CONCORD, N.C. – Three years ago, Casey Mears was on cloud nine. He was driving for NASCAR’s biggest powerhouse team, Hendrick Motorsports. His stock was on the way up and Mears capitalized, winning his first career Sprint Cup race with a victory in the Coca-Cola 600, a race where first-time winners are a rarity and the ones who do get their first victory have all gone on to be champions.
Mears shared victory lane with a driver who has been there a time or two, but never like this – his best friend Jimmie Johnson. His friends also “helped” Mears celebrate – by toilet papering his motor coach afterwards. It’s great to have good friends… Mears was a winner, on his way up in the NASCAR world with arguably its best team.
Fast forward to 2010 and early this month Mears was left wondering if he would be in NASCAR at all.
Mears left HMS after the 2008 season; he had several good finishes with Hendrick after that Coca-Cola 600 win, but never earned more wins or a Chase berth during his tenure. He landed with Richard Childress Racing, an organization with a history of making the Chase and winning races, but was faced with his fifth new crew chief and team in as many years, then his sixth after Childress swapped crews internally in an attempt to improve a lackluster season.
Unable to find consistency, Mears found himself the odd man out when RCR lost sponsorship from Jack Daniel’s and was unable to secure another one for the No. 07 team in time for the 2010 season. Mears was left waiting on a phone call in the offseason and wondering if and when that call might come.
“It’s been a frustrating start to the season, for sure,” said Mears at Charlotte Motor Speedway on Saturday (May 29). “Things were going so well at RCR last year and when Jack Daniel’s pulled out it just left us all wondering what we were going to do. We had talked about running the first five races this year, but it pretty much just ended up all going away. So when we started the season, it got to be January and the realization hit. I went and got married in early January, got back and went, hmmm, I need to find a job!”
Mears would get the call, but it was from startup Keyed-Up Motorsports. New teams have struggled mightily in recent years and Mears’s new team found itself at Daytona without sponsorship. They missed five of the first six races in 2010, only making the show at Bristol. It wasn’t for lack of trying, but the situation reminded Mears of his early years in racing, when funding was always a struggle; it always meant working twice as hard to bring the money in.
“It’s definitely not the first time in my career – I did it (looking for sponsors) coming up the ranks,” he said. “You work hard and you’re beating the pavement meeting all the people you can and trying to get a job to get to the point that I’m at now. It’s funny, because when it all went away I started remembering about what it was like 10 years ago when I was trying to find a job.”
The sponsor didn’t come and the ride did go away. Mears was on standby for Denny Hamlin for a couple of weeks after knee surgery, but Hamlin never relinquished the car. Next, Mears landed at the No. 36 of Tommy Baldwin Racing and promptly brought the team its best start of 2010, a 13th-place at Richmond. But they failed to qualify for the Southern 500 at Darlington, with Mears wrecking in practice. A long, hard road loomed ahead.
And then the phone call came.
It was Mears’s close friend Brian Vickers. Mears had replaced Vickers at Hendrick after Vickers left to upstart Team Red Bull. And now, Mears would replace Vickers again.
It’s hard to find someone with a bad word to say about Casey Mears. His reputation as a nice guy is well-deserved; he’s personable and genuine. Signing autographs isn’t a chore for Mears. As a driver, he’s solid and careful, and it’s rare that he doesn’t bring home a racecar in one piece. It’s rarer still for the wrecked ones to be his fault.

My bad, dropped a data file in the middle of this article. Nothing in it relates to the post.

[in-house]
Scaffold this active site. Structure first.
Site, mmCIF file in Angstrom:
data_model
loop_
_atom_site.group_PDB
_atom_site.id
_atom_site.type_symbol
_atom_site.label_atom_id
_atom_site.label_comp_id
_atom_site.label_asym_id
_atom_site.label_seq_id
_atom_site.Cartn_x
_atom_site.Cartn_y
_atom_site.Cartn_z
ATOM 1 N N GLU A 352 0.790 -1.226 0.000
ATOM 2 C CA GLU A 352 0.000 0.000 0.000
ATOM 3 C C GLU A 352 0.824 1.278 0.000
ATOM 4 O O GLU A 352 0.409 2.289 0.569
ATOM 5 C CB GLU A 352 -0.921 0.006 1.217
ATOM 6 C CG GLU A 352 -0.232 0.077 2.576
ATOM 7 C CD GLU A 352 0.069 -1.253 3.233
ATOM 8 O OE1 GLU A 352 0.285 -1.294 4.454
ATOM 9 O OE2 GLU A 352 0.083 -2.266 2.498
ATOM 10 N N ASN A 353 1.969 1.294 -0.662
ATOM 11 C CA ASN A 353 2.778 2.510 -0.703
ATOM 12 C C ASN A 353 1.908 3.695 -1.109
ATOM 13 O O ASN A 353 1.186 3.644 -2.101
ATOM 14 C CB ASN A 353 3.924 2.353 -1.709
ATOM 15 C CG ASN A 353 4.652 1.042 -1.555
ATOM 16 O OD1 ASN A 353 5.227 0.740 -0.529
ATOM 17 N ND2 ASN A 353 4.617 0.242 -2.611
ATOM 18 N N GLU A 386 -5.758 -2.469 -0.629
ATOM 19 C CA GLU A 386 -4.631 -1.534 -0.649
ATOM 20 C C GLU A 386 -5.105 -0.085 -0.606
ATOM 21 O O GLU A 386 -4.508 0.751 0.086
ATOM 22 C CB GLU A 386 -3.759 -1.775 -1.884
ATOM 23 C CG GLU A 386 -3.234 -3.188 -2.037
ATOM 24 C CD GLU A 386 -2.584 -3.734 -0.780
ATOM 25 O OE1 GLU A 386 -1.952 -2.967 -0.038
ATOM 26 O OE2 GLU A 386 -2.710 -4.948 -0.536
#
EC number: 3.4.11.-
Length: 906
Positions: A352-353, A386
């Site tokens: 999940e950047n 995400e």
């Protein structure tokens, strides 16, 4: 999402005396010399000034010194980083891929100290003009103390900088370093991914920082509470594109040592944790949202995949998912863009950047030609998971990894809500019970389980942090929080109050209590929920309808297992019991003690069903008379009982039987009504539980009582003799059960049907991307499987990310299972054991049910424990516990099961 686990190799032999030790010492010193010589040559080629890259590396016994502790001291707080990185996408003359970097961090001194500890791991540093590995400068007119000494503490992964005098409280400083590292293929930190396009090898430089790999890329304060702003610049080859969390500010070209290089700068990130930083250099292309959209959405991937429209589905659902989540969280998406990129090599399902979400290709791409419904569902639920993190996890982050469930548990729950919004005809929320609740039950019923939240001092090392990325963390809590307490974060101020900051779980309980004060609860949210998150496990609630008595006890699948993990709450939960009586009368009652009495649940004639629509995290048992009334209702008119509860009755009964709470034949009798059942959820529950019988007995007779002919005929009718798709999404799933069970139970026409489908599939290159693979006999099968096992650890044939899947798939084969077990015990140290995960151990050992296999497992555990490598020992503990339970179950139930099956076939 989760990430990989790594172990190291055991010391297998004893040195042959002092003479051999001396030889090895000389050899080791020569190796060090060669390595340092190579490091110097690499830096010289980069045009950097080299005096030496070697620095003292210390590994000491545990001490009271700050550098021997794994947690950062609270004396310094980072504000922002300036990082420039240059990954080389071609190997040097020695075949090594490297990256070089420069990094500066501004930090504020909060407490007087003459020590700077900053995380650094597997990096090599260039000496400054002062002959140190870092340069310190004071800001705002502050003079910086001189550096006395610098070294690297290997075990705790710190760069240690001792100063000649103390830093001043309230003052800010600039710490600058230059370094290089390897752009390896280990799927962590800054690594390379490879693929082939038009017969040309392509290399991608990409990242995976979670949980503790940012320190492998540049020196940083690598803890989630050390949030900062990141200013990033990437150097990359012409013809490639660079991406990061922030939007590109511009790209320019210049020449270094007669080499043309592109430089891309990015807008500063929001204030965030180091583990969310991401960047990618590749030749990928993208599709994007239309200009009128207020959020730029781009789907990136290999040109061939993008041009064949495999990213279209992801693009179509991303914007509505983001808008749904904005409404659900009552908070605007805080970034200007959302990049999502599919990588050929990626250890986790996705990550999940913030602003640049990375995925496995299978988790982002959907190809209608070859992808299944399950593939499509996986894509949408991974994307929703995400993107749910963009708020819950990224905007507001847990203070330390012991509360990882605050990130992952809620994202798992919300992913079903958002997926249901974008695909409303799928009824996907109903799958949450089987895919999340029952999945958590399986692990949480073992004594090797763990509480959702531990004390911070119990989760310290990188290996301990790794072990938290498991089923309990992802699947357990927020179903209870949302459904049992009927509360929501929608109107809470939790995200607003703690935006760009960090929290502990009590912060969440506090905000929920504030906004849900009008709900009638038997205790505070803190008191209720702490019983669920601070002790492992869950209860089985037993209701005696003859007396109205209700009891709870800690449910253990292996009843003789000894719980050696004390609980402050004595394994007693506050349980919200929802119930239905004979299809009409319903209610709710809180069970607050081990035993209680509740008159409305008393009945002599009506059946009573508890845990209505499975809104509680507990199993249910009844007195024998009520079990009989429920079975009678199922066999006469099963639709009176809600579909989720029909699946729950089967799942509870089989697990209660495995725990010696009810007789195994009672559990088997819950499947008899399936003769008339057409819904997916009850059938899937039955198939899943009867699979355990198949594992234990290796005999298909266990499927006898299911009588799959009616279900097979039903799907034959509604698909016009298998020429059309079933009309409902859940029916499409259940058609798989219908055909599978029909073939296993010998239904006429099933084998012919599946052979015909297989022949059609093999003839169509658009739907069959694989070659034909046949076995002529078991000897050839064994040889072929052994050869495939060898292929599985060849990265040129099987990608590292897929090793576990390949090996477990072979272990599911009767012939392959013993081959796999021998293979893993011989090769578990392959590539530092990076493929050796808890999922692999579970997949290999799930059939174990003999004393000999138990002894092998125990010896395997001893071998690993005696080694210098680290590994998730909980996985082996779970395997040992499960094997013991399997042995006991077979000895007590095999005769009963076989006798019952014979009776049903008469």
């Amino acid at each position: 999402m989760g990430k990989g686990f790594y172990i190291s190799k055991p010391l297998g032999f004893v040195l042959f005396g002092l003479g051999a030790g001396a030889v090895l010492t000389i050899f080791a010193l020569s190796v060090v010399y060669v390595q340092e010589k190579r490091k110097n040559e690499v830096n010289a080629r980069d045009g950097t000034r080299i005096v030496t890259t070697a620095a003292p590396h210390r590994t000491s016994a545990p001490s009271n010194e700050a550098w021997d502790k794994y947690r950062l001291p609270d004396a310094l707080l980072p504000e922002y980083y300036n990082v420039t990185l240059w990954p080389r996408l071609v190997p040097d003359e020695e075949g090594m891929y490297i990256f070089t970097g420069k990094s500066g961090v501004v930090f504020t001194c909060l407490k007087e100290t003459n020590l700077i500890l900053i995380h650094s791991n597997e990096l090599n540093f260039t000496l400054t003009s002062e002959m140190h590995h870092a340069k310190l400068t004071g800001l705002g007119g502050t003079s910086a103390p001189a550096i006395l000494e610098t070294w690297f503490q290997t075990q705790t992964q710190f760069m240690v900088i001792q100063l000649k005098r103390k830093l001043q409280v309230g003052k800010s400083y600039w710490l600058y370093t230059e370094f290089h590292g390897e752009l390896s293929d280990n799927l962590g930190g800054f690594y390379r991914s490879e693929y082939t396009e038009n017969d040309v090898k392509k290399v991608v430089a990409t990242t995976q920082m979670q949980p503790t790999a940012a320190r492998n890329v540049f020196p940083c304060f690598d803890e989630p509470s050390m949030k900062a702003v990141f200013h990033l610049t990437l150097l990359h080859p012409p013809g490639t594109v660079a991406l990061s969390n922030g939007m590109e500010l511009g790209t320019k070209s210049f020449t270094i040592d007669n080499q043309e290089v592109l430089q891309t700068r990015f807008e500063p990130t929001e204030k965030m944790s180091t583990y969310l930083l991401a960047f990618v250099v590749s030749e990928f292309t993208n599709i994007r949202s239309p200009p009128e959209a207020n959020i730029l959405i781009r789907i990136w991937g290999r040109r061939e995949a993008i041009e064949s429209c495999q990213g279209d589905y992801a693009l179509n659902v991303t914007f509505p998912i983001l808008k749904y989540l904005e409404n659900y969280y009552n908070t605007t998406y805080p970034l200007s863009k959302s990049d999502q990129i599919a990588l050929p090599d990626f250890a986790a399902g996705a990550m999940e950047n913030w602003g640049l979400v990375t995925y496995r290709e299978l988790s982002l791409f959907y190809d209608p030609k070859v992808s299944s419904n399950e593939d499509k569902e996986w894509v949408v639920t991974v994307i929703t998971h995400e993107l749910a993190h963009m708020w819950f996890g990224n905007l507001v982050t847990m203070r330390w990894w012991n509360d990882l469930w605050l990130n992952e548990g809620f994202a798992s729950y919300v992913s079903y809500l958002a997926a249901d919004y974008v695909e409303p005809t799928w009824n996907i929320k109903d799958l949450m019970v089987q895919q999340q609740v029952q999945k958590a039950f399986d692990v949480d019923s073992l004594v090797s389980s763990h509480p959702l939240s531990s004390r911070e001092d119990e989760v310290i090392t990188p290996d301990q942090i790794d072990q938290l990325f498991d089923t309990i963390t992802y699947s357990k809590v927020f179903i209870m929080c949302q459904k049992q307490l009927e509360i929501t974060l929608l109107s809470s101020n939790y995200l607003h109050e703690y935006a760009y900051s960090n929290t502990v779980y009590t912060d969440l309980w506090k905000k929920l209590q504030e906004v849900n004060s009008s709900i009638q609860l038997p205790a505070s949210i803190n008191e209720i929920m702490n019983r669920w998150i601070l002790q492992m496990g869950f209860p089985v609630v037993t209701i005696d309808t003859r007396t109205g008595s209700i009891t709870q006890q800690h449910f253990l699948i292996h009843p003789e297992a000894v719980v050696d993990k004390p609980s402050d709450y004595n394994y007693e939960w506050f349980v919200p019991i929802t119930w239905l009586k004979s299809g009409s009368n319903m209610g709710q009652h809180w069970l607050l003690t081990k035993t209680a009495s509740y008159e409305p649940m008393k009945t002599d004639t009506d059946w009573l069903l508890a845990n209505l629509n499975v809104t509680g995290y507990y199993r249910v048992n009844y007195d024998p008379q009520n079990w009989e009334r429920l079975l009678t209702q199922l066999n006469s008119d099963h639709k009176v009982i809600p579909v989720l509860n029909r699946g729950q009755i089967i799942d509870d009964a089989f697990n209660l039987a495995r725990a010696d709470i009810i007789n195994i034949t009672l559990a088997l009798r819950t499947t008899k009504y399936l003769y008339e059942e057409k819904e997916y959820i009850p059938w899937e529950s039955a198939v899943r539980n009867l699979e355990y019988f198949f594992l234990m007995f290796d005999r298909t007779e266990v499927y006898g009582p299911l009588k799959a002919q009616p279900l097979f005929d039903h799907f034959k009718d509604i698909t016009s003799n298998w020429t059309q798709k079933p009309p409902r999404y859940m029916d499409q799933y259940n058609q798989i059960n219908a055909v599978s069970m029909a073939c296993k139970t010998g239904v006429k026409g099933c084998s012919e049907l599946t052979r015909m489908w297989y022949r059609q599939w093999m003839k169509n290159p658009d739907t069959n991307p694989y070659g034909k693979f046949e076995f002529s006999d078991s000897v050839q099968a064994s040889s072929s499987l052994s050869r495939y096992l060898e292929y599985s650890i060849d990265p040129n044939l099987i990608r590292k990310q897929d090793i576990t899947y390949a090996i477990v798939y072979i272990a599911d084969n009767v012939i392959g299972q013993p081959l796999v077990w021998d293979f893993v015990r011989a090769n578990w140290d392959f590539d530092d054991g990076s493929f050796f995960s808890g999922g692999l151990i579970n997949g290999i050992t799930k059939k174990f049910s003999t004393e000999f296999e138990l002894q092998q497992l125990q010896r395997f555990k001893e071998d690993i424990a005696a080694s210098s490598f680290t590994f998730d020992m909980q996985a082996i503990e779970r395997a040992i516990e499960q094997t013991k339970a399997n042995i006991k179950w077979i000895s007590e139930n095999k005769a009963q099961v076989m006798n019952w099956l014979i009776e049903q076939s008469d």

He’s aggressive when he needs to be and a team player as well. There are factions among the media who question his prowess behind the wheel, but none who criticize him personally. Mears left a promising open-wheel career for NASCAR and one thing that has kept him here is friendship. It was because of one such friendship that Mears will race in a top ride for the foreseeable future.
When Vickers called Mears on the Wednesday night before Dover, it was to tell Mears that Vickers was in the hospital. The two chatted about that for a few minutes and then Vickers asked his friend a favor. “He said, ‘Looks like I’m not going to be able to drive,’ and asked if I’d get in,” says Mears. “I think he knew the answer; I was sitting there waiting to do anything.”
Mears said yes, and though the ride didn’t come under circumstances he’d have ever wished for, it was a blessing. “Obviously, it feels good,” he explained. “If the roles were reversed, I’d think the exact same thing. Obviously, he’s a good friend and obviously, he’s very talented, so I would think the same way if I could. I’d always been on these guys anyway, wanting to get over here and do something, so it worked out pretty good.”
Mears and Vickers haven’t had much of an opportunity to share notes before, and the two, along with the No. 83 Red Bull team, are working hard to find how both drivers’ styles mesh. “Honestly, I really don’t know,” says Mears when asked if the two have a similar style. “What we’d have to do is do a test together, lay over some data and see if what I like is what he likes.
“That’s what’s hard to decide right now: are our driving styles that different? Are their setups just that different? Did things change from the test to the race, the tires? There are so many variables that right now are just guesses more than anything else. We’re trying to sort it all out.”
Mears isn’t on his own. Vickers coached his friend in the All-Star Race, speaking to him between segments. Mears says that Vickers will spend the rest of the season learning to watch races from the sidelines and that will teach him a lot. Mears knows from experience. “His main role is to get better and to just rest,” he notes. “In the meantime, he’s been wanting to spend some time at the track.